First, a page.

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On this day in history, August 25, 1916, National Park Service created under President Wilson

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The United States took a bold step toward growing and protecting the world’s largest park system when President Woodrow Wilson signed into law the National Park Service Organic Act on this day in history, August 25, 1916. 

The act most notably created the National Park Service, “a new federal bureau in the Department of the Interior responsible for protecting the 35 national parks and monuments then managed by the department and those yet to be established,” according to the service’s own official history. 

The NPS today manages over 400 protected reservations in all 50 states, while welcoming about 300 million visitors per year. 

It employs about 20,000 people. 

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The United States established the world’s first national park under President Ulysses S. Grant on March 1, 1872, with the Yellowstone National Park Protection Act. 

Yosemite, Mount Rainier and Crater Lake national parks soon followed. 

A sign at the south entrance of Yellowstone National Park, Wyoming, courtesy of the National Park Service, Department of the Interior, circa 1965.

A sign at the south entrance of Yellowstone National Park, Wyoming, courtesy of the National Park Service, Department of the Interior, circa 1965.
(Archive Photos/Getty Images)

The nation was in a frenzy to protect its vast wilderness and historic sites. 

But there was a problem. 

The National Park Service manages over 400 protected reservations while welcoming about 300 million visitors per year.

“Although more than a dozen national parks had been designated by [1916], along with 30 national monuments, the areas functioned with little oversight,” National Geographic reported in 2015. 

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“Opportunists hungry for the parks’ natural resources took advantage. Poachers targeted the plentiful wildlife.”

Woodrow Wilson (1856-1924), president from 1913-1921, goes over papers as his second wife, Edith Bolling Galt Wilson (1872-1961) looks on.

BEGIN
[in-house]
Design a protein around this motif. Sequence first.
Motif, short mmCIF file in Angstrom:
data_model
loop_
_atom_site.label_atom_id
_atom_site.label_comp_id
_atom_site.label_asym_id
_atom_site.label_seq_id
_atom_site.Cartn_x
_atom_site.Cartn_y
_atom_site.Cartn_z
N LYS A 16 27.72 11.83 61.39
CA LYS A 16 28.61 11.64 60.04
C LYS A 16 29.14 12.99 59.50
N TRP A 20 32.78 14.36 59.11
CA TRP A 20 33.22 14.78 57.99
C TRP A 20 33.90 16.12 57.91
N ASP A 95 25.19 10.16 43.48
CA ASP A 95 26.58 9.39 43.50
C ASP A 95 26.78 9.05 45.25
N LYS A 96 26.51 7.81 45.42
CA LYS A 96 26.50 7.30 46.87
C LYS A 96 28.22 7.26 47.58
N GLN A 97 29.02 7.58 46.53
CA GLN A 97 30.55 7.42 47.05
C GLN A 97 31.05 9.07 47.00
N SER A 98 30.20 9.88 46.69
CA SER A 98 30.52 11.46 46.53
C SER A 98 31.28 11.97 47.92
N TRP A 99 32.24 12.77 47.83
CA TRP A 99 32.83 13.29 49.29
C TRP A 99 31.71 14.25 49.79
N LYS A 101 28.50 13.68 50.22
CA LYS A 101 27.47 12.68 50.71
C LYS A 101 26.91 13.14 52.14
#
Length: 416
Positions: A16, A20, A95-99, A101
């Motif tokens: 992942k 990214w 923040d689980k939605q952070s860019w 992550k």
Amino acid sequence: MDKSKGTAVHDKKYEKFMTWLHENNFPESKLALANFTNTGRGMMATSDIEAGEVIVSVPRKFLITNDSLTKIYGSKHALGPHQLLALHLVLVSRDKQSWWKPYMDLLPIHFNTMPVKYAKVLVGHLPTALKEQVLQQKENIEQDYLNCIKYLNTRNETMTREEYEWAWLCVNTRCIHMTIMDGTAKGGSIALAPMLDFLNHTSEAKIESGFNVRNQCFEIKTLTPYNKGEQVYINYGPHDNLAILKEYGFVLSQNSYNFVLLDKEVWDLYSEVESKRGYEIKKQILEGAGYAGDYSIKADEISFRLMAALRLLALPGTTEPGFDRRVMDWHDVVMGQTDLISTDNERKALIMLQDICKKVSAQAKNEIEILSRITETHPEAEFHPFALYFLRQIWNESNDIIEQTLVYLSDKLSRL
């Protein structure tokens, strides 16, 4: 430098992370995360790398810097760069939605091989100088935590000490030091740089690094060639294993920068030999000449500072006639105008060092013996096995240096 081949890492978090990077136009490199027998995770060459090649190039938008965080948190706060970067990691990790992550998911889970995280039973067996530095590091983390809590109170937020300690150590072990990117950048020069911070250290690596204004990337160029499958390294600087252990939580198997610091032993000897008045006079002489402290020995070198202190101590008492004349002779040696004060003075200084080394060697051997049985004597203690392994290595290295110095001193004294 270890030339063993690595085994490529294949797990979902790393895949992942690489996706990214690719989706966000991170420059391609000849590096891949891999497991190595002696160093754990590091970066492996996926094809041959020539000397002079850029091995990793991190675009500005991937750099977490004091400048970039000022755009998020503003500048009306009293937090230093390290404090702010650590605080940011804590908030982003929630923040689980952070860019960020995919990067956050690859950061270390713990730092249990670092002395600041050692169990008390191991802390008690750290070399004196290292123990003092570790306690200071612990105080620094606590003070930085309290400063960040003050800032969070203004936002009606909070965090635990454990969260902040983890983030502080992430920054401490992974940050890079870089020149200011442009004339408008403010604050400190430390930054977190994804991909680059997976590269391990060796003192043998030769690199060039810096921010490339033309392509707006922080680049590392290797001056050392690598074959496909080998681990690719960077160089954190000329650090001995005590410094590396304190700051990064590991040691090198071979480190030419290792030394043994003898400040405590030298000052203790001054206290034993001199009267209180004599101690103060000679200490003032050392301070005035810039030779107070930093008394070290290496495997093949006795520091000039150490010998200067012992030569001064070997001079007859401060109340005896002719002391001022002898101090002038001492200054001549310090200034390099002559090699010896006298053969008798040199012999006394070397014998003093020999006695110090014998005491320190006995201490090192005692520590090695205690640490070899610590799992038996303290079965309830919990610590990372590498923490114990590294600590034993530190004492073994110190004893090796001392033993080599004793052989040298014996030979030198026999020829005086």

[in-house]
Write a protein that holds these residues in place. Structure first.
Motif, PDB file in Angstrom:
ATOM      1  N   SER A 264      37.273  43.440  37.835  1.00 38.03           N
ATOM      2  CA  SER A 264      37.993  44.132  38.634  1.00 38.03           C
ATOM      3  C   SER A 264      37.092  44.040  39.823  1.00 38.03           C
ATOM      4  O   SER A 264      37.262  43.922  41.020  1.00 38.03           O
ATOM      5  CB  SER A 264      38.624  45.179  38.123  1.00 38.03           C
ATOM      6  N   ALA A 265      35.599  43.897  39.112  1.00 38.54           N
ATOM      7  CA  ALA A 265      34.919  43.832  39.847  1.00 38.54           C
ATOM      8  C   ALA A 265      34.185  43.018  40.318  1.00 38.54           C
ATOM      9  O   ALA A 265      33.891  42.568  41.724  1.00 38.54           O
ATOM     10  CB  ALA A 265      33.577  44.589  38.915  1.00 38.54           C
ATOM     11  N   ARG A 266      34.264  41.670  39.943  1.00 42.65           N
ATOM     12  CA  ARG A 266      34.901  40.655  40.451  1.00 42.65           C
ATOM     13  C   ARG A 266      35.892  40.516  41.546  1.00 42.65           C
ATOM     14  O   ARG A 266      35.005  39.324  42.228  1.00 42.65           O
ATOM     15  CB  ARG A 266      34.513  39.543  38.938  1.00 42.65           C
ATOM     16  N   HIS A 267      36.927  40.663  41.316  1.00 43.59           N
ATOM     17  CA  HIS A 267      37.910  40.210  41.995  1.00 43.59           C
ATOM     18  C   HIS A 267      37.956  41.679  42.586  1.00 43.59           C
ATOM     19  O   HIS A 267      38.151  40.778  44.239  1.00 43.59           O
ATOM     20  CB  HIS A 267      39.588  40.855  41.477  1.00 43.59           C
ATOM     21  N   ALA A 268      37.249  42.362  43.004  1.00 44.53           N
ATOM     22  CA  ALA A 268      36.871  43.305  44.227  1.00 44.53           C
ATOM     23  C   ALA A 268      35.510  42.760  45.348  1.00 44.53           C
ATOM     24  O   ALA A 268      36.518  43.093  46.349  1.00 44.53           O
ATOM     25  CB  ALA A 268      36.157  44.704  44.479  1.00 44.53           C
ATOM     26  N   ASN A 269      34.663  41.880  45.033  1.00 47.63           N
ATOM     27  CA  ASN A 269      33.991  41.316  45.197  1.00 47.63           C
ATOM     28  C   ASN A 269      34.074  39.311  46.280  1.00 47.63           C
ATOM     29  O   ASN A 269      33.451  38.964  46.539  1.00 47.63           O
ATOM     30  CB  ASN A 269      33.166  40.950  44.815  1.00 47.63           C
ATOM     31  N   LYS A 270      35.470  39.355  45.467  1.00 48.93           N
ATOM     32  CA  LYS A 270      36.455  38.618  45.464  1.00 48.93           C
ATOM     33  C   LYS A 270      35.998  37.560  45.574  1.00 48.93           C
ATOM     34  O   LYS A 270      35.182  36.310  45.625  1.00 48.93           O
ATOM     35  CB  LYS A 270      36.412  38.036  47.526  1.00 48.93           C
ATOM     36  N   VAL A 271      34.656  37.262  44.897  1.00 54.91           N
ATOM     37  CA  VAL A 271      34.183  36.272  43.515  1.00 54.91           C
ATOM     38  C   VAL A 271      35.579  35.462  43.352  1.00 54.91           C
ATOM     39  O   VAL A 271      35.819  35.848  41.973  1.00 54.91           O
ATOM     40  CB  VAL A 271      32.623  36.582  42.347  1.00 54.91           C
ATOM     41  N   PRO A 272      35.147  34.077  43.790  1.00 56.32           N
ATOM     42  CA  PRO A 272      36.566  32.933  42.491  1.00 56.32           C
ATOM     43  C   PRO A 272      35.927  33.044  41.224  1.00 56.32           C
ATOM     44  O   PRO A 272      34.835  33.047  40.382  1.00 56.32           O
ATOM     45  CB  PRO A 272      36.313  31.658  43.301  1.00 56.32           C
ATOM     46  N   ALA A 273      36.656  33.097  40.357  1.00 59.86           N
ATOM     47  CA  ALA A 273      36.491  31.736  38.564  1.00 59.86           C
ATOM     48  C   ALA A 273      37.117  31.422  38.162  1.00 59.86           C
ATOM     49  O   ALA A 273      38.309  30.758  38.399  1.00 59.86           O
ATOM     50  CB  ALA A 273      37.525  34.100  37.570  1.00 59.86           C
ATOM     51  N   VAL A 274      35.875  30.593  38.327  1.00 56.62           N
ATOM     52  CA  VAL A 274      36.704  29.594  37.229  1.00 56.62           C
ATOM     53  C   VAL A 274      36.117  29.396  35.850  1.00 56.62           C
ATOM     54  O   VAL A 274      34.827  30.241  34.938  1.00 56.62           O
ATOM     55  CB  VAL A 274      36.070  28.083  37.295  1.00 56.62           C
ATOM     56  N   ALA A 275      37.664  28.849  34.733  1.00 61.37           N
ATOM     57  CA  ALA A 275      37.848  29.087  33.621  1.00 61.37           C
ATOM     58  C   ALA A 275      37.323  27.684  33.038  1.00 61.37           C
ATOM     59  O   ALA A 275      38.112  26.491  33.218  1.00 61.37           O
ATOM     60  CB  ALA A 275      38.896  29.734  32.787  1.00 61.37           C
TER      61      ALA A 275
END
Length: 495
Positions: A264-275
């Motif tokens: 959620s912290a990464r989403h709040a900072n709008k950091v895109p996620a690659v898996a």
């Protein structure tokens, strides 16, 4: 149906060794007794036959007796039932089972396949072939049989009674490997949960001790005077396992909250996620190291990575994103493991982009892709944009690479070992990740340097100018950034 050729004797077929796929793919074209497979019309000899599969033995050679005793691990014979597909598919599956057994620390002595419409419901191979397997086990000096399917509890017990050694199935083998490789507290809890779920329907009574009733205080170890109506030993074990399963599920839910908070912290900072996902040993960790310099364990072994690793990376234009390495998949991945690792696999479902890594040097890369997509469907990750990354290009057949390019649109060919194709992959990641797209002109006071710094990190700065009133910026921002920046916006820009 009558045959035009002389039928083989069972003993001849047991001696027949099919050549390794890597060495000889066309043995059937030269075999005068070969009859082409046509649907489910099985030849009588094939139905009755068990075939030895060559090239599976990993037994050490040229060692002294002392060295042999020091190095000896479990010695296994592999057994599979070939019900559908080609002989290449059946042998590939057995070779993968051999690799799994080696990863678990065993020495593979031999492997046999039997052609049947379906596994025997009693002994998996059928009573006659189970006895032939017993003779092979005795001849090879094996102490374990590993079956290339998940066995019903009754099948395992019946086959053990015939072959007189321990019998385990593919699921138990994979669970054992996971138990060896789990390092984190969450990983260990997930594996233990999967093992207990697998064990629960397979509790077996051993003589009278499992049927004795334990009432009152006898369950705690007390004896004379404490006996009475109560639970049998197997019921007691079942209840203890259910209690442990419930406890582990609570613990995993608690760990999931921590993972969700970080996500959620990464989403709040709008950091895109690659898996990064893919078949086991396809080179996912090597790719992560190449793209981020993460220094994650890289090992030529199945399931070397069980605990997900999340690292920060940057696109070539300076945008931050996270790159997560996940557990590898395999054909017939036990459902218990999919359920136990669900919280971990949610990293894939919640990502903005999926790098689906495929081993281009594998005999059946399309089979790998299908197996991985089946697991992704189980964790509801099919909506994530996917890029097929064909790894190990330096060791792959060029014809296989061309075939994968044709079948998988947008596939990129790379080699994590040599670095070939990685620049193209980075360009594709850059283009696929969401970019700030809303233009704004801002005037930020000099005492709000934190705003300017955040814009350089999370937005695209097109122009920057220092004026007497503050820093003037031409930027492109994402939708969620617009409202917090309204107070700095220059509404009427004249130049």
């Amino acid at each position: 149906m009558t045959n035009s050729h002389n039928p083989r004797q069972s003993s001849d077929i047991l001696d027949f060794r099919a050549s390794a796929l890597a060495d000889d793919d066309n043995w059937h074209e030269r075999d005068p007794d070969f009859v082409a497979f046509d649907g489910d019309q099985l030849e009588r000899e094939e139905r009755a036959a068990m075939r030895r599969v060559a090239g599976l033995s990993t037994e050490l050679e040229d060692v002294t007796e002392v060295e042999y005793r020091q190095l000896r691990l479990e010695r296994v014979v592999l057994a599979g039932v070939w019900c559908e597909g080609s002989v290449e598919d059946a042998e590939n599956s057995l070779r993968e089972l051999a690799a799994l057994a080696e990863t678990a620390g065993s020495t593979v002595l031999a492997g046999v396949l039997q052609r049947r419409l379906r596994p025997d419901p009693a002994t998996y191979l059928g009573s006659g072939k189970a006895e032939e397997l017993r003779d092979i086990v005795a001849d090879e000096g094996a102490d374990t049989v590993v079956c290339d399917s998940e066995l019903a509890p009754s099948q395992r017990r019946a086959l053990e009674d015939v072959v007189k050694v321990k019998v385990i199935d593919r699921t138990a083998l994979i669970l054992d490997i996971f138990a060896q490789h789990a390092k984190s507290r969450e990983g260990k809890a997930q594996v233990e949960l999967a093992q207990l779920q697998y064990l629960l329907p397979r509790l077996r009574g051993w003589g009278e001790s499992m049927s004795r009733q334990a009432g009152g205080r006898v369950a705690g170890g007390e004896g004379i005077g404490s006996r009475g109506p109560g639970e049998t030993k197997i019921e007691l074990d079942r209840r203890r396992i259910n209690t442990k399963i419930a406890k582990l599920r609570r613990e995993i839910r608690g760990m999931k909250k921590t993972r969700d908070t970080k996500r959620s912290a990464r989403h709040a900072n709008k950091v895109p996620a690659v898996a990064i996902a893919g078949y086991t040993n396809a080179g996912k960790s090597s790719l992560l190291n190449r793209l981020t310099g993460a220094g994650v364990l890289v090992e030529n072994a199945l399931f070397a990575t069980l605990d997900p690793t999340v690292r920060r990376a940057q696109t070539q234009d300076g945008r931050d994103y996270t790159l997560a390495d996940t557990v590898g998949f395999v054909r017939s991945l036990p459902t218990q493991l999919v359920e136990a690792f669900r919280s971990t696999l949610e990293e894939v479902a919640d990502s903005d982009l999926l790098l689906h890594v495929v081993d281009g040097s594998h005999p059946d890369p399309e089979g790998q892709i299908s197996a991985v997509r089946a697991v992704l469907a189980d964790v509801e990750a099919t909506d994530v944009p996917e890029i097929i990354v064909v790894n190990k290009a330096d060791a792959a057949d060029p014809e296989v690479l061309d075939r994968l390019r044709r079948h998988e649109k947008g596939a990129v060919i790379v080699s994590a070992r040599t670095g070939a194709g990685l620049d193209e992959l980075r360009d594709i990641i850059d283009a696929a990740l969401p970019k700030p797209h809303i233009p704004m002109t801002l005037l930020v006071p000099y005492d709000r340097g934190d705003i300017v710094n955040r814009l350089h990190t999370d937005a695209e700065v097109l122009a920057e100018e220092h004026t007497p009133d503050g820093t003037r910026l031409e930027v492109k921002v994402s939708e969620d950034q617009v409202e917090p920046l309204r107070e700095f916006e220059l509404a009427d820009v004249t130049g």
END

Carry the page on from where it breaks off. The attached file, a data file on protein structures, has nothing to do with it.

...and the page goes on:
Woodrow Wilson (1856-1924), president from 1913-1921, goes over papers as his second wife, Edith Bolling Galt Wilson (1872-1961) looks on. 
(Stock Montage/Getty Images)

National Geographic added, “San Francisco boosters even convinced Congress to allow Yosemite’s Hetch Hetchy Valley to be flooded as a reservoir for the city’s residents.”

The Organic Act was intended to resolve those issues by bringing greater management to the system. 

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It gave the National Park Service a dual mission, notes the Department of Justice’s Environment and Natural Resources Division, “both to conserve park resources and provide for their use and enjoyment ‘in such a manner and by such means as will leave them unimpaired’ for future generations.”

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The U.S. National Park system today covers about 133,000 square miles.

It’s about the size of the nation of Germany — and larger than Poland, Italy or the United Kingdom. 

Crater Lake National Park, Oregon, is one of America's oldest national parks. Wizard Island, Crater Lake, from Discovery Point. 

Crater Lake National Park, Oregon, is one of America’s oldest national parks. Wizard Island, Crater Lake, from Discovery Point. 
(Bernard Friel/Education Images/Universal Images Group via Getty Images)

Combined, America’s national parks are larger than 170 of the 234 nations in the world. 

“The Organic Act is one of this country’s most important statutory directives addressing the protection of our natural and cultural heritage,” former NPS deputy director Stephen Martin told congressional lawmakers in 2005. 

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“The National Park System, established by the Organic Act, is often cited as ‘the best idea America ever had,'” Martin added, “and has been described by President Bush in a proclamation for National Parks Week as ‘America’s gift to the world.’” 



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